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Ask the Advocates: Coping

Coping with Ankylosing Spondylitis

If you had to pick 1 aspect of your life that has been most affected by AS, what would it be and how have you coped with that?

Steff

Ankylosing Spondylitis Community Advocate Steff Di Pardo
If I had to pick one aspect of my life that has been affected the most by AS, it would have to be my social life. I’ve lived with social anxiety pretty much my whole life but having AS is a huge struggle for my social life, too. When my symptoms first started, I didn’t know how to keep explaining to everyone that I was in a tremendous amount of pain and that I wouldn’t be coming back to work. I sort of shut myself out for months whilst dealing with the pain and seeing doctors multiple times a week. During that time I had friends asking what was wrong, and I had to explain to them that painkillers weren’t working, and doctors didn’t know what was wrong.

I find that some people can’t grasp the fact that someone could be in pain forever, and I lost quite a few friends because they didn’t believe me. I also have a hard time keeping friendships because of the fatigue that I feel on a daily basis. It’s hard when you have to cancel a lot and you get known as the girl that always bails last minute due to pain or fatigue.

Jed

Ankylosing Spondylitis Community Advocate Jed Finley
The aspect of my life that has been most affected by AS is my love of playing with kids. I am a Special Education teacher and a loving uncle. I love being goofy, running, playing, kicking a ball, or the occasional piggyback ride. AS more recently has robbed me of the ability to do so, and therefore the ability to be myself. I gave up on piggyback rides a while ago, and I needed to institute a “no ups” policy with my nieces and nephews. Unfortunately, the resulting pain began to outweigh the joy.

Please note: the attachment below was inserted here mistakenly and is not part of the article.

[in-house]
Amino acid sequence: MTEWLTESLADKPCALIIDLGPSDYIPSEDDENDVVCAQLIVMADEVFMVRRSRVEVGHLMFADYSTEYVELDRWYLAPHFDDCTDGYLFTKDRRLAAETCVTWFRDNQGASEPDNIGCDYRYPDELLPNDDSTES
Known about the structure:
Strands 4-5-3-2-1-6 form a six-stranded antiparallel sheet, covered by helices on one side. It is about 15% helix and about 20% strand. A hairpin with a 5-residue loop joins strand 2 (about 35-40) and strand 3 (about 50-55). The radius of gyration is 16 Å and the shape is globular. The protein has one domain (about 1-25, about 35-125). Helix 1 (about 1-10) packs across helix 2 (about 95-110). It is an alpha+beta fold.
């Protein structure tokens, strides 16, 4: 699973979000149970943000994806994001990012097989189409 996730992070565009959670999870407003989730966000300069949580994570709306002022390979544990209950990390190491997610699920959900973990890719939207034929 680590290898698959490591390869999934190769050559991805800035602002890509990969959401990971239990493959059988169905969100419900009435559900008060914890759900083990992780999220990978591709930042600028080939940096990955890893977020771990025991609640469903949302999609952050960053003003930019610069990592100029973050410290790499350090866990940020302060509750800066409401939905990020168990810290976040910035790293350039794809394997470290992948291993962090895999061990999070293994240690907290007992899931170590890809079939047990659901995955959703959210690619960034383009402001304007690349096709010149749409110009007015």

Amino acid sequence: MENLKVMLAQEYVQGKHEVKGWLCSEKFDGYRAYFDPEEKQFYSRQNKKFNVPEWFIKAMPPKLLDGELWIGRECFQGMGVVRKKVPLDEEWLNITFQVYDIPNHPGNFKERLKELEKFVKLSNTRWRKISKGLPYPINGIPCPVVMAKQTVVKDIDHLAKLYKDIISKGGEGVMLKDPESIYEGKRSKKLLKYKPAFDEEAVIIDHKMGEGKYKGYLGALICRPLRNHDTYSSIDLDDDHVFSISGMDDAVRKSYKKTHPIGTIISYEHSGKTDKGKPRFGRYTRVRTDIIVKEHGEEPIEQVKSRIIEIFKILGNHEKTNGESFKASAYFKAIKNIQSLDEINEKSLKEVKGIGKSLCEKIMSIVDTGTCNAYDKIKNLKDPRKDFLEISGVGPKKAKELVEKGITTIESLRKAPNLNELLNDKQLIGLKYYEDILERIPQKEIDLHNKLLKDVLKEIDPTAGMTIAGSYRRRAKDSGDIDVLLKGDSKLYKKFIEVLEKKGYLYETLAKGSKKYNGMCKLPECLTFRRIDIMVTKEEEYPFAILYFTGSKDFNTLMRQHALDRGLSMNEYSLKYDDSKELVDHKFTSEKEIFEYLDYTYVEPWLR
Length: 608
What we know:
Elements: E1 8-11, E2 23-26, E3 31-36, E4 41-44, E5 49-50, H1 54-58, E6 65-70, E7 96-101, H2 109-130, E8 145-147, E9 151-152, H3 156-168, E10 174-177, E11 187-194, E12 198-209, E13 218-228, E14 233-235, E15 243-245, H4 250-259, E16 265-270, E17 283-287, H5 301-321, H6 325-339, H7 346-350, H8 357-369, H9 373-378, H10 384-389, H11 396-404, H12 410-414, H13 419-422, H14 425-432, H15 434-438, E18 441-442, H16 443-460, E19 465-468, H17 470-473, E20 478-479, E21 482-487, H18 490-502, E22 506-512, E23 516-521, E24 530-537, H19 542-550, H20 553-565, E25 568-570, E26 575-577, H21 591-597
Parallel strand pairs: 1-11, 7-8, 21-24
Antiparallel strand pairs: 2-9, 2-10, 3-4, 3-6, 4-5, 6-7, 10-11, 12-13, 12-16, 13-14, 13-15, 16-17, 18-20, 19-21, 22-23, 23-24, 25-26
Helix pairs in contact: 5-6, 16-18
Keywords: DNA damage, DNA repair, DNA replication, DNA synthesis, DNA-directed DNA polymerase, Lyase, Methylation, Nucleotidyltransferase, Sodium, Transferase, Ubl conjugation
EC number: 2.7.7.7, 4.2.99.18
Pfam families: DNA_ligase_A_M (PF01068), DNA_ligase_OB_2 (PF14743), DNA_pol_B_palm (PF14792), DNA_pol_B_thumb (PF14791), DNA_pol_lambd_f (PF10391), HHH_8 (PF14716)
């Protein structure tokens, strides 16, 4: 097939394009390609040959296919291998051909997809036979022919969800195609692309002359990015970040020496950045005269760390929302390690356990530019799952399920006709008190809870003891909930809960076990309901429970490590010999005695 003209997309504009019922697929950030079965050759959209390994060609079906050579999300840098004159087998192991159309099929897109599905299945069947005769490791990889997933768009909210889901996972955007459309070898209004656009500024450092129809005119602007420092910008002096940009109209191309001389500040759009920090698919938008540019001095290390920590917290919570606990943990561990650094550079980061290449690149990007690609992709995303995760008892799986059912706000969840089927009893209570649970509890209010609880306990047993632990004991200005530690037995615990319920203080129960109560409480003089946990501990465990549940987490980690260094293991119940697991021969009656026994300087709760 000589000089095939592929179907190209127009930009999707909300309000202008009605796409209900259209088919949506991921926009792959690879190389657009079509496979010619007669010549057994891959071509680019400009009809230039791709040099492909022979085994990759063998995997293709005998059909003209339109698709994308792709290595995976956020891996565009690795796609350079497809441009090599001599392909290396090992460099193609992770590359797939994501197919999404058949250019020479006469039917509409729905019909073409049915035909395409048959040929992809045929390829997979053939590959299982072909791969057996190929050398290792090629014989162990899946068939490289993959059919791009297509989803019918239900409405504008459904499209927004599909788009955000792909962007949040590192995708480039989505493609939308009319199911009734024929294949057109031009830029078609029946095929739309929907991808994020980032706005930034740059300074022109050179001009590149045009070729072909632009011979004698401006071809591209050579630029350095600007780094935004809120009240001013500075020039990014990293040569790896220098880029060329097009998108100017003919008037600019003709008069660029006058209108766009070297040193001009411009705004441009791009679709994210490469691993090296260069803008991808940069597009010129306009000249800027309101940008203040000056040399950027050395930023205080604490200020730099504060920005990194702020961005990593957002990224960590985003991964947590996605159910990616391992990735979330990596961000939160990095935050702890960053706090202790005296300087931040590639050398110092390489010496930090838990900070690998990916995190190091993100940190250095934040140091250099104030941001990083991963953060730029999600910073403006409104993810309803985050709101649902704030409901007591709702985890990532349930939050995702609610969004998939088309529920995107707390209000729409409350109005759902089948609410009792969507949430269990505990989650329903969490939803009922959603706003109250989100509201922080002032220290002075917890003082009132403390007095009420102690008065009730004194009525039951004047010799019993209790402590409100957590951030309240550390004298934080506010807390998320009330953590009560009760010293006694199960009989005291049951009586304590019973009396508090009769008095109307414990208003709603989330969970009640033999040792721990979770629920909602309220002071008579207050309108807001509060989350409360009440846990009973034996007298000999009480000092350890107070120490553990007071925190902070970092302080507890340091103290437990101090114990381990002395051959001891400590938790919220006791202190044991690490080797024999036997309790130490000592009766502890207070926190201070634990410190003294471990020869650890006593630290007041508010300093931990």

Telling my nieces and nephews that “Uncle Elmo” couldn’t pick them up any more was harder than you could imagine. They didn’t understand why. I mean, how could they? The experience was heartbreaking. Running and being goofy with my students followed soon after. Eventually, I needed to transfer to a new teaching position that requires less physical demand. It’s not as much fun, but it’s safe, and that’s what I most need right now.

Brooke

Ankylosing Spondylitis Community Advocate Brooke
My life as a mother. I believe it’s the small things that make it especially hard for me. Having had to modify how I baby wore and breastfed my baby. How long it takes me to finish household chores. Having to rely on others for very basic things. Spending most of life as a mother needing a housekeeper, babysitter or someone to run errands, because I just had enough pain tolerance to bathe my baby or interact with him between naps. Not being able to be the type of mom I had imagined to be or witness my friends being.

Being a parent is my whole life. It’s also one of the best aspects of my life. I’ve enjoyed it so much and I can’t imagine my life without my child. But in the dark moments of self-pity and frustration, I do think about how much easier and wonderful our life would be if I wasn’t sick a majority of the time. If we didn’t need to modify every single aspect of our lives to accommodate my stubborn body. I think about what I have taken away from my son’s childhood experience.

This article represents the opinions, thoughts, and experiences of the author; none of this content has been paid for by any advertiser. The AnkylosingSpondylitis.net team does not recommend or endorse any products or treatments discussed herein. Learn more about how we maintain editorial integrity here.

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